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Northshore School District parents frustrated over slow return to in-person learning

While many school districts have returned or have announced plans to return to in-person learning, the Northshore School District has yet to do either.

BOTHELL, Wash — Monday was another day of double duty for Krysta Wogen, who is playing both mom and teacher to her kids who attend the Northshore School District in Bothell. 

After a year of homeschooling, she said the social and emotional impacts are taking a toll on her first and third grade children, and the current system is doing more harm than good.

"My oldest has had panic attacks," Wogen said. "I've heard kids on Zoom crying, saying they hate this. Saying they don't want to go to school anymore."

While most school districts have either brought kids back to class part-time or are moving that way, the Northshore School District still hasn't announced a date for a return to in-person learning.

Northshore was seen as a leader in Washington when it was the first district in the state to close its schools and move to all virtual classrooms early last March.

RELATED: Northshore schools adjust to 'new normal' as classes move online in coronavirus response

Wogen now wonders if schools will open at all this year.

"It seems like a decision has already been made and was made a long time ago to keep kids out of school and do a full year with no chance of hybrid," she said.

Wogen pointed to a memorandum of understanding between the district and its teachers outlining when they will return to their classrooms. She said the language is very vague.

"There's nothing that quantifies what healthy means," said Wogen. "There are no numbers. There's nothing that says when we have these rates or when we hit these numbers we will return to school."

Wogen specifically called out Northshore Superintendent Michelle Reid, who just last week was named state superintendent of the year.

Wogen, a former teacher, said Reid has not lived up to the accolades.

"Why is it that every other school district was able to release a date within a week of the governor's announcement [to reopen schools] and our school district can't? I don't feel that our superintendent is looking out for kids."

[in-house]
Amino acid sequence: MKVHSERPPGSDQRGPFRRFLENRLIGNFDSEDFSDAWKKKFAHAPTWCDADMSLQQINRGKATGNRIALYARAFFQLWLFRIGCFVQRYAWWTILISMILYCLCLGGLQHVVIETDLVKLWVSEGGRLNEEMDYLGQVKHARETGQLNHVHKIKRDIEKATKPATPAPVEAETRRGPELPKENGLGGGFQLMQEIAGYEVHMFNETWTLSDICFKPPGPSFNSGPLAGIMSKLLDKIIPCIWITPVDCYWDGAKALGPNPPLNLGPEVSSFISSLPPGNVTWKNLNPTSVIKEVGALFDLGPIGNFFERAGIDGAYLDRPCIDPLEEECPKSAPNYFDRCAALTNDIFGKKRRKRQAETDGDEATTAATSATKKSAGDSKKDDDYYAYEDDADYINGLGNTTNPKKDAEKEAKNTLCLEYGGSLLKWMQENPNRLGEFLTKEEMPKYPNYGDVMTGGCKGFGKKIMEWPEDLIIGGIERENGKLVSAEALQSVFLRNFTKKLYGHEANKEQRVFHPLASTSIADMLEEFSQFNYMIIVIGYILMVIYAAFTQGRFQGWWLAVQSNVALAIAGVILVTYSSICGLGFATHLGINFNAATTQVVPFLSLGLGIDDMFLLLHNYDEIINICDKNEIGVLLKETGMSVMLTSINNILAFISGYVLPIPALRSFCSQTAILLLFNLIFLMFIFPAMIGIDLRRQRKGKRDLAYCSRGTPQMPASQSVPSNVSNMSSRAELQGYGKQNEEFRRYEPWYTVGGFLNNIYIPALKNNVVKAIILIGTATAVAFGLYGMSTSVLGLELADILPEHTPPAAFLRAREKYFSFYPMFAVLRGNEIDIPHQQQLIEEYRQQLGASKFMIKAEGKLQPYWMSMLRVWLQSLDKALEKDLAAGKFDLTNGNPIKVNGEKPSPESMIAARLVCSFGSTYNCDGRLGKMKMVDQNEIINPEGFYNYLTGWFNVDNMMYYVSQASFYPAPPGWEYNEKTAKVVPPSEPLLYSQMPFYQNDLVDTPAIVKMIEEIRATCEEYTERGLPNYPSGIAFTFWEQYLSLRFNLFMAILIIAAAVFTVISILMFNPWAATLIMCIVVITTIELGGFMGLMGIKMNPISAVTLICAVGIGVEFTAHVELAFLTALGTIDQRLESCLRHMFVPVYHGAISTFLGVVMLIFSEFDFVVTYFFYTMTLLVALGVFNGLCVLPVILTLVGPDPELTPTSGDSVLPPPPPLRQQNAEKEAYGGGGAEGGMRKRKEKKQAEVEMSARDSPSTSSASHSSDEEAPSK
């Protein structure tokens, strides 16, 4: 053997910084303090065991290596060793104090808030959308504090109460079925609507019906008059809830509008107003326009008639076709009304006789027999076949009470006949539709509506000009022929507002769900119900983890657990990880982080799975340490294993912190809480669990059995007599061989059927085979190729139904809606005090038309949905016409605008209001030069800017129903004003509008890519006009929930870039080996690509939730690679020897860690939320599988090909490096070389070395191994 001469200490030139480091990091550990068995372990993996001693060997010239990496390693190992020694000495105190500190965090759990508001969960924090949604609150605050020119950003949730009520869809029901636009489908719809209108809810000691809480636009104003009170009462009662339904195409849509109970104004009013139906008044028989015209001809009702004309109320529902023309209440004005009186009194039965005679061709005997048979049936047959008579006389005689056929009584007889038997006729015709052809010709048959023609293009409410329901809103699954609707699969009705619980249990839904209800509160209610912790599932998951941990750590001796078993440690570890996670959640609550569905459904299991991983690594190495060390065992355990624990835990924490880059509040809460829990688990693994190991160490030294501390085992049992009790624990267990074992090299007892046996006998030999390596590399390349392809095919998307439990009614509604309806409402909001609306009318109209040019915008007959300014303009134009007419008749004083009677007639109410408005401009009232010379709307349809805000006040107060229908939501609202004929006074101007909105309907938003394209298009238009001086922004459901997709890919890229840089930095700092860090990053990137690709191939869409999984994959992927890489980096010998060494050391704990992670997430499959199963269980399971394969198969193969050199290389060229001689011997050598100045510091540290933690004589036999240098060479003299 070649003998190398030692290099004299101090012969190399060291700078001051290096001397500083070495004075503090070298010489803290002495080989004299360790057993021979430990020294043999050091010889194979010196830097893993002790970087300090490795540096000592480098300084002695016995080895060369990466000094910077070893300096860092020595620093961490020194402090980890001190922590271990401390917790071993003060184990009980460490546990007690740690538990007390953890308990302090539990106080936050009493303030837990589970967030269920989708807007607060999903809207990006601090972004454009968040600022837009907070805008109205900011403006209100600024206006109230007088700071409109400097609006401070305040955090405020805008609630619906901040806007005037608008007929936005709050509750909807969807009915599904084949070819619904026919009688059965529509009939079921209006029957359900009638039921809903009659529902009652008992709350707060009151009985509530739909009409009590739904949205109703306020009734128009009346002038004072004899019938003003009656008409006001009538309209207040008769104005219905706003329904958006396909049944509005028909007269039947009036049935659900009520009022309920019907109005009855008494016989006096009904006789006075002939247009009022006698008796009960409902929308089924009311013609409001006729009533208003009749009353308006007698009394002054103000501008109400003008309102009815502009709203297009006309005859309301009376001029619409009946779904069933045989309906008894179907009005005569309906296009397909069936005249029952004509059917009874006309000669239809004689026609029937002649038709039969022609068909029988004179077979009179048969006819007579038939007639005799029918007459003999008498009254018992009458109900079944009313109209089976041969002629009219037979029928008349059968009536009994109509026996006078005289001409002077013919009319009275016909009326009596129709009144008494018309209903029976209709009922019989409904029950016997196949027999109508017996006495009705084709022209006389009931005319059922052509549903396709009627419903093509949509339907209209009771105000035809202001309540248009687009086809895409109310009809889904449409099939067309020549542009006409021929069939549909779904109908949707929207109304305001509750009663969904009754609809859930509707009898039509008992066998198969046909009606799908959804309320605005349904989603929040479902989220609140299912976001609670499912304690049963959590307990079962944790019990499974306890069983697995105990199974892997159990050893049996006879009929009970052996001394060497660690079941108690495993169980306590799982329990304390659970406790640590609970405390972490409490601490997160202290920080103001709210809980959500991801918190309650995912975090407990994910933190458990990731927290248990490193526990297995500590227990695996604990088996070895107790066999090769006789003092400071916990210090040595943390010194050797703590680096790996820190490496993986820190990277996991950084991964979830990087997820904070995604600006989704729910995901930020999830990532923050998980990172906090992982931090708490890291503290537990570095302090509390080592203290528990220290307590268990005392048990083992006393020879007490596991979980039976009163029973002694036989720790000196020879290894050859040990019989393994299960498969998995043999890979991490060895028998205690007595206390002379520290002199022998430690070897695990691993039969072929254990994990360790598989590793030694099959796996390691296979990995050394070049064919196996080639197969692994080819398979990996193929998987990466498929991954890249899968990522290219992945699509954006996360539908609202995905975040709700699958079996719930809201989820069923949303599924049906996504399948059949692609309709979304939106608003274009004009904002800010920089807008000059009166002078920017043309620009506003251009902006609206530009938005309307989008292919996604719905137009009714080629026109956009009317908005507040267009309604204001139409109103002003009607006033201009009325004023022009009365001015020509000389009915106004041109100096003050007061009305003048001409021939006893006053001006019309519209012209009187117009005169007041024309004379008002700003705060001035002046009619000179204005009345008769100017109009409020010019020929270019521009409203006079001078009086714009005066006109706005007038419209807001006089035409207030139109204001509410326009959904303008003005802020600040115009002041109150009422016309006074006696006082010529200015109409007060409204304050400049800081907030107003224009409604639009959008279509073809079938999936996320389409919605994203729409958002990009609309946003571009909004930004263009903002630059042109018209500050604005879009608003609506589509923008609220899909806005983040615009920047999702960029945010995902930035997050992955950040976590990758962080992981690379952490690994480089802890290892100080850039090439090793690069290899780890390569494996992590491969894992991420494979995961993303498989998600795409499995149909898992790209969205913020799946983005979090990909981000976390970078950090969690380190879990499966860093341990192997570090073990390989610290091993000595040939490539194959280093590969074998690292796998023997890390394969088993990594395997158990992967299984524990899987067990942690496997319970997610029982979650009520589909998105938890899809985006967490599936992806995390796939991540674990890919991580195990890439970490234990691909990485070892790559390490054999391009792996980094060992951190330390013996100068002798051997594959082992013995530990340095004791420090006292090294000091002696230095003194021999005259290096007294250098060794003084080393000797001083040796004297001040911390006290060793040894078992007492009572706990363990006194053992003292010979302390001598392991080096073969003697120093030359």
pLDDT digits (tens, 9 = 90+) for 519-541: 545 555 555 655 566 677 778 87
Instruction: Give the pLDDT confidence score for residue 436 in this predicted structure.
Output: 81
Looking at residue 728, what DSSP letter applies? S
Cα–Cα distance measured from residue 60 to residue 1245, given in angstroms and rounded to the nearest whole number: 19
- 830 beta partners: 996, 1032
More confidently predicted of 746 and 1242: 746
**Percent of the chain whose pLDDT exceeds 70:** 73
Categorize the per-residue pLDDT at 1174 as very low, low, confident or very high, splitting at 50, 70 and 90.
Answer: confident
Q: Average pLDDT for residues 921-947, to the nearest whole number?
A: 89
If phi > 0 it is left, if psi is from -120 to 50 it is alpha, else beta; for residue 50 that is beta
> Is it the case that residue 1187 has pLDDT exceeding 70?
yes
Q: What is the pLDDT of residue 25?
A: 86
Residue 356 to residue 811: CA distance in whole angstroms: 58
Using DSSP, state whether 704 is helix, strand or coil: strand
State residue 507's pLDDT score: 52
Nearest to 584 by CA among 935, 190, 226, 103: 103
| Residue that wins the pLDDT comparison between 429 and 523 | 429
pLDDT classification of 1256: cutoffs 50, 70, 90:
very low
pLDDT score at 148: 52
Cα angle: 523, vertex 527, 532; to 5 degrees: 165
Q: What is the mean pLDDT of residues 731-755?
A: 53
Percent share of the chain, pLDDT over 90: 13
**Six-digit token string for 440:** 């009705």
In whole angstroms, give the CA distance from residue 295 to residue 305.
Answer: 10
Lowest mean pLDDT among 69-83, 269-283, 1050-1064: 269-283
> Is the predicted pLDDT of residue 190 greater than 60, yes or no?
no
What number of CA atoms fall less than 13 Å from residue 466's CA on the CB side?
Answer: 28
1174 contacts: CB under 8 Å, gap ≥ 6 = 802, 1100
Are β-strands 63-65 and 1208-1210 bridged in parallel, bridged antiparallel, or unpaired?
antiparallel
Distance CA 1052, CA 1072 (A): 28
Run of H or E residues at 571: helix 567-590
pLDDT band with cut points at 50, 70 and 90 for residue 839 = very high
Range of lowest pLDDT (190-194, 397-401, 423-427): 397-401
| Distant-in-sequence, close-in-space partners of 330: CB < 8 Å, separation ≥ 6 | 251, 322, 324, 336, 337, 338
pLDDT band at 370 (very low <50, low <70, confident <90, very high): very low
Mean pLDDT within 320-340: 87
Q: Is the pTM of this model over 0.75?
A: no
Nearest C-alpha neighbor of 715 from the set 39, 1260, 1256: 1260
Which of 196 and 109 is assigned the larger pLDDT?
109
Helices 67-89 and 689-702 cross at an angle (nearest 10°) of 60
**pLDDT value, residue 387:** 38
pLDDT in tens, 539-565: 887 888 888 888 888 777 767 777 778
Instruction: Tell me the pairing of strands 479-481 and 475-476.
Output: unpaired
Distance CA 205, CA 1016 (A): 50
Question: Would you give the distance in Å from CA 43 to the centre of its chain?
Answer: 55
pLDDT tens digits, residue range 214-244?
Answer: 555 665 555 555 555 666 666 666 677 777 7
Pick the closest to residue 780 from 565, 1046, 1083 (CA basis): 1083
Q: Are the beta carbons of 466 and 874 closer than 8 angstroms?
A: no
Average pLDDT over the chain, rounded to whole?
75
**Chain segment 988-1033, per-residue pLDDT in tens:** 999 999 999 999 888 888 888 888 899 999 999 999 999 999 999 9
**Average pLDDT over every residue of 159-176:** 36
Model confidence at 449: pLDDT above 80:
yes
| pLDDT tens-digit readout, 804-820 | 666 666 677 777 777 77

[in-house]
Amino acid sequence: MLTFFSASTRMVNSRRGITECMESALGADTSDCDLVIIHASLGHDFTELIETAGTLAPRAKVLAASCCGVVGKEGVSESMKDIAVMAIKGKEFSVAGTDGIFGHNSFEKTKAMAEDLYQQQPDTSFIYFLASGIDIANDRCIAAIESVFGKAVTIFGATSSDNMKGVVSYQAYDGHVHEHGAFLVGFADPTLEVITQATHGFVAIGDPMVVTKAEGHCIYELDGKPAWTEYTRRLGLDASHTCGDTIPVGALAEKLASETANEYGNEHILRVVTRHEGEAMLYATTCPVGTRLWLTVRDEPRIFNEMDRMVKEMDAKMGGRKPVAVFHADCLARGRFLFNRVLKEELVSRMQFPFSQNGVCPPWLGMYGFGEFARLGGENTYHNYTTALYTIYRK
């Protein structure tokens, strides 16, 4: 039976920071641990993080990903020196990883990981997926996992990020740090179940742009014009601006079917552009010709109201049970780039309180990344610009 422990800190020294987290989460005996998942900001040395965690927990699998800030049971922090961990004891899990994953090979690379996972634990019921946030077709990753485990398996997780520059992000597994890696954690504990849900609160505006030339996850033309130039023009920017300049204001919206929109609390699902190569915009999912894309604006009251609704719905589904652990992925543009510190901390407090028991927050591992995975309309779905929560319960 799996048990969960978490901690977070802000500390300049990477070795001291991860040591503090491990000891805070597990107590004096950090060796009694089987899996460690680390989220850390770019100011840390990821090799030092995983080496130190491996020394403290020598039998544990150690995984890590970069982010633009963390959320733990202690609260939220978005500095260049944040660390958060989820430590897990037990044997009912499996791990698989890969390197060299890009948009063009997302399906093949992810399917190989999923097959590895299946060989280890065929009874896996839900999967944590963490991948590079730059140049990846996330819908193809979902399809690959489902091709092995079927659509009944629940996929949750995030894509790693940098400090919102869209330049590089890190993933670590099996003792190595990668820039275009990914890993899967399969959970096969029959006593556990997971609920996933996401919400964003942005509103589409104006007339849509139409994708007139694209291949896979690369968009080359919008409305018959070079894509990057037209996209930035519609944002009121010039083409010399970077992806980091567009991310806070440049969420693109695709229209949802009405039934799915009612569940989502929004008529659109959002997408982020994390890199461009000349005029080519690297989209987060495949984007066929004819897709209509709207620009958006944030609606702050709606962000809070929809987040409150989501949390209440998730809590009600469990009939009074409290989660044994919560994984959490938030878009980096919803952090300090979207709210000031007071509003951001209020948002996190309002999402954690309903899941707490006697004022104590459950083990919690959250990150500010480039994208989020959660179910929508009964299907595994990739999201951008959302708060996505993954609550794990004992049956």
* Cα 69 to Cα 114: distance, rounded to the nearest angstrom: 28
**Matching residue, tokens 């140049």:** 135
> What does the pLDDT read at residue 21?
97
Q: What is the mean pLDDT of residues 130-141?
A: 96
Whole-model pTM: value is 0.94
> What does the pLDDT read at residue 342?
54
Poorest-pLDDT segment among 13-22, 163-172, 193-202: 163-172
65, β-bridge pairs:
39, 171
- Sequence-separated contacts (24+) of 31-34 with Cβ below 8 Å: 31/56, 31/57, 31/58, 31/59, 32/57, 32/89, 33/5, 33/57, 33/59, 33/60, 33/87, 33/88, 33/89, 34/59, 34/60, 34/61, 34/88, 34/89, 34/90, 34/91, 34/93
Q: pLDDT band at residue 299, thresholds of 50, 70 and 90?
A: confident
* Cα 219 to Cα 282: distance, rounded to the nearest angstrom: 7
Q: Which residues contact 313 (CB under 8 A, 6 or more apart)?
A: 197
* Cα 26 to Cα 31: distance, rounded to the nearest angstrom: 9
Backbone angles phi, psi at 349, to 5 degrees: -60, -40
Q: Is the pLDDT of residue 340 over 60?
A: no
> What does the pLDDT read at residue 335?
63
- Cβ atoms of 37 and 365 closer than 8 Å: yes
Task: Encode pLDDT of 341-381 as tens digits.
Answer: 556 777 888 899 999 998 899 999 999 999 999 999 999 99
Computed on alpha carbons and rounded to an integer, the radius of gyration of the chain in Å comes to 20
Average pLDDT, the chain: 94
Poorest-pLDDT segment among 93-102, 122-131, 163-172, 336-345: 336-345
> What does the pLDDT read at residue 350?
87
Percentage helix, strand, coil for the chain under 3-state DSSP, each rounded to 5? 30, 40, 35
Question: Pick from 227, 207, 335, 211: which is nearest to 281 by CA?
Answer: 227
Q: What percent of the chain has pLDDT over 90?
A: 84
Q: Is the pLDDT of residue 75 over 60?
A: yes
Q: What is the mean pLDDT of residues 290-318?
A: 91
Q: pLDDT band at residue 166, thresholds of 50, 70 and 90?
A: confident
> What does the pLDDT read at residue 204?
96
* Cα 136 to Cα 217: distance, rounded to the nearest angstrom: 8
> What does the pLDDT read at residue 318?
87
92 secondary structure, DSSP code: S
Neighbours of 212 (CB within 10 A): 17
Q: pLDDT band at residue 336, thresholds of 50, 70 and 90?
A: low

So, for now, it's back to homeschool, and Wogen is left worrying about the damage she fears is being done to her kids with each school day that passes.

"These are the types of problems, social and emotional, that you don't see until your kid reenters the school environment," she said.

KING 5 contacted the Northshore School District and Superintendent Reid for comment regarding Wogen's concerns. 

A district spokesperson shared the following:

"Dr. Reid updates the community through multiple channels, including her Friday Weekly COVID/Reopening Updates and our Reopening webpage, which will continue to be updated. When there is an update to be shared or clarified, Dr. Reid also communicates through the Northshore Learns News livestream on Wednesdays. Before the end of the year, Dr. Reid will have made a virtual visit to every school in the District. Each visit begins with a meet and greet for any parent/guardian who wishes to join. She comes with no agenda but to answer questions and hear concerns or ideas. So far, she has met with parents/guardians from 15 schools. 

Dr. Reid also meets with a small group of about 30 parents/guardians who gather concerns and ideas from families across the District and discuss them with Dr. Reid and the group. Some members of that group have provided us with valuable problem-solving and community-building ideas. All of them provide the parent/guardian perspective that continues to inform our next steps and ongoing work. Dr. Reid and staff also work with PTSA leadership on this topic. She and staff are also doing her best to respond to the hundreds of emails she receives."

RELATED: Northshore's Michelle Reid awarded National Superintendent of the Year

RELATED: Washington lawmaker urges schools to swap spring and summer breaks

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